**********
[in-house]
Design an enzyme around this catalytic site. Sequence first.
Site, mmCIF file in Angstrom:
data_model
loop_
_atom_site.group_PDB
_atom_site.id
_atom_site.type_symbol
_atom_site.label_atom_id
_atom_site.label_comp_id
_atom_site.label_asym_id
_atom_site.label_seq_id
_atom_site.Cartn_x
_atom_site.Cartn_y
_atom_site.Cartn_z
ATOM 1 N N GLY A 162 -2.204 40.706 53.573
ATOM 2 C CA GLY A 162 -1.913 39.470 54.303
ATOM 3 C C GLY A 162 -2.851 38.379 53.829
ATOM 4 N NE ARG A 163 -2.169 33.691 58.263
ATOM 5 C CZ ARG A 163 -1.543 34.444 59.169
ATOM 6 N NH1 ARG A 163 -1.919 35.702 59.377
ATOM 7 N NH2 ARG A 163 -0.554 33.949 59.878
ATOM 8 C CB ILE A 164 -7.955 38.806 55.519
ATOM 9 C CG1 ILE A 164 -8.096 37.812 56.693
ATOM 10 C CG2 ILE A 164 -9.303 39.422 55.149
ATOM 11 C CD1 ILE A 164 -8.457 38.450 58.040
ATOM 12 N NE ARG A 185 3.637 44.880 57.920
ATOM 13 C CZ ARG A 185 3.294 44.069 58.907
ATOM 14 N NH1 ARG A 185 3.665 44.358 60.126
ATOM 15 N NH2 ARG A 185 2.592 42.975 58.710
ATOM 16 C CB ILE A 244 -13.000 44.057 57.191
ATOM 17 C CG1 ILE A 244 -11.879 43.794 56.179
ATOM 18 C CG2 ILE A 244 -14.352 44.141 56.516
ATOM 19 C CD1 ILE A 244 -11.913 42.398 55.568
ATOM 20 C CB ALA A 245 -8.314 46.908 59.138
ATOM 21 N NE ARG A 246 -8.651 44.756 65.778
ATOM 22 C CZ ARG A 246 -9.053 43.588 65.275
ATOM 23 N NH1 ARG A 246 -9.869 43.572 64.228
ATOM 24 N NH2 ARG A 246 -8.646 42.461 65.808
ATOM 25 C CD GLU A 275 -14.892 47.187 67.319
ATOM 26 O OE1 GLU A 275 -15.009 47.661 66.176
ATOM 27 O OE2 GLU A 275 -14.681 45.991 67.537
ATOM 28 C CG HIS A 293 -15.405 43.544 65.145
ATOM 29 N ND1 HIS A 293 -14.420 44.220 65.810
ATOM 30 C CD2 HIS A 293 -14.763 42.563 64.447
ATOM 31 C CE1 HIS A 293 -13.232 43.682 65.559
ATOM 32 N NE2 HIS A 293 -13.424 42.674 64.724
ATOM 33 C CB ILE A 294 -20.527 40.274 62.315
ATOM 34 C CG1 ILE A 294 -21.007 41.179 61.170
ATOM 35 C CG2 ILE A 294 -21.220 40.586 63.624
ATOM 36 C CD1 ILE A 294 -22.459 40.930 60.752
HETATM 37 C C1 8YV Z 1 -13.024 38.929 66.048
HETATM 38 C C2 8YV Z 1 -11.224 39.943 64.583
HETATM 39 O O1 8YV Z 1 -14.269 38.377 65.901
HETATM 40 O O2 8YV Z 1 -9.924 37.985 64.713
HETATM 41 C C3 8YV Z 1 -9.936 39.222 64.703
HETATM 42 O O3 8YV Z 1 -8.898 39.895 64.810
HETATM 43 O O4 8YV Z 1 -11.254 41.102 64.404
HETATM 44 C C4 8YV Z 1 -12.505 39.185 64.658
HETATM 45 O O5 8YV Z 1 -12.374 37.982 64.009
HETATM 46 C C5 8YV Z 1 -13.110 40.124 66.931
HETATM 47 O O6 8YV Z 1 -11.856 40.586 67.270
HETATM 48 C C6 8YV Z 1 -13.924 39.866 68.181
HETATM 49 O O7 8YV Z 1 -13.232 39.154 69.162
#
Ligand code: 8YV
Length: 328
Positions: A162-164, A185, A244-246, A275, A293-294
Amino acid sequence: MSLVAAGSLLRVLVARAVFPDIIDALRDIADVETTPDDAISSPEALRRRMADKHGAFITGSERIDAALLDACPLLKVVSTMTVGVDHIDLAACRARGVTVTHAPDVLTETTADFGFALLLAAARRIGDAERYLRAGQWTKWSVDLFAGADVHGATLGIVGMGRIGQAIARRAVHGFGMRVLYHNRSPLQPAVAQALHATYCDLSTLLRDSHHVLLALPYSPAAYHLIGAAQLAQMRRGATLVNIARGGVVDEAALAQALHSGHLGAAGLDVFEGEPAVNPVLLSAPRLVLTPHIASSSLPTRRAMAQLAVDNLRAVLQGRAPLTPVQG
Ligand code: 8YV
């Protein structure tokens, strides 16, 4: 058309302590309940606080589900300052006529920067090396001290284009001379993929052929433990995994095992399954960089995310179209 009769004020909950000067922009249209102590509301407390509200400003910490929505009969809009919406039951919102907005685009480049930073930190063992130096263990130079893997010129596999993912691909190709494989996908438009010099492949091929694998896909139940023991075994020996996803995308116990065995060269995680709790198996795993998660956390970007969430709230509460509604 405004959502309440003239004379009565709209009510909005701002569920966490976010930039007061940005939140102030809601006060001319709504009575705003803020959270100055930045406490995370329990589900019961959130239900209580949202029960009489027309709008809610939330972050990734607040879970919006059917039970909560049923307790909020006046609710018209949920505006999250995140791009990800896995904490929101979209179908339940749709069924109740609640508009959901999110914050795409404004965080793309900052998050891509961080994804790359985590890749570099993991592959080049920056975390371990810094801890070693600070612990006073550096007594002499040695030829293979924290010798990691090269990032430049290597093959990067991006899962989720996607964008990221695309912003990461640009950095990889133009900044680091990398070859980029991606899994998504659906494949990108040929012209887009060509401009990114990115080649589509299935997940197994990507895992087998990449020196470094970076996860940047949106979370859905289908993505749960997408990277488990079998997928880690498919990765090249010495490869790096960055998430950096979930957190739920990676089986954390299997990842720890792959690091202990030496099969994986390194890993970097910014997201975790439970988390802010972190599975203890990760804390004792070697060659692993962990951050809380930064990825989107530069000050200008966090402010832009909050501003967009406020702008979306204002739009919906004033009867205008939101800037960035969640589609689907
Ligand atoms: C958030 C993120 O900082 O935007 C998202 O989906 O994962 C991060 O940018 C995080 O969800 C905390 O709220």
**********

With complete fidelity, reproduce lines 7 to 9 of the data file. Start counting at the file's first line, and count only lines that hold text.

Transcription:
_atom_site.id
_atom_site.type_symbol
_atom_site.label_atom_id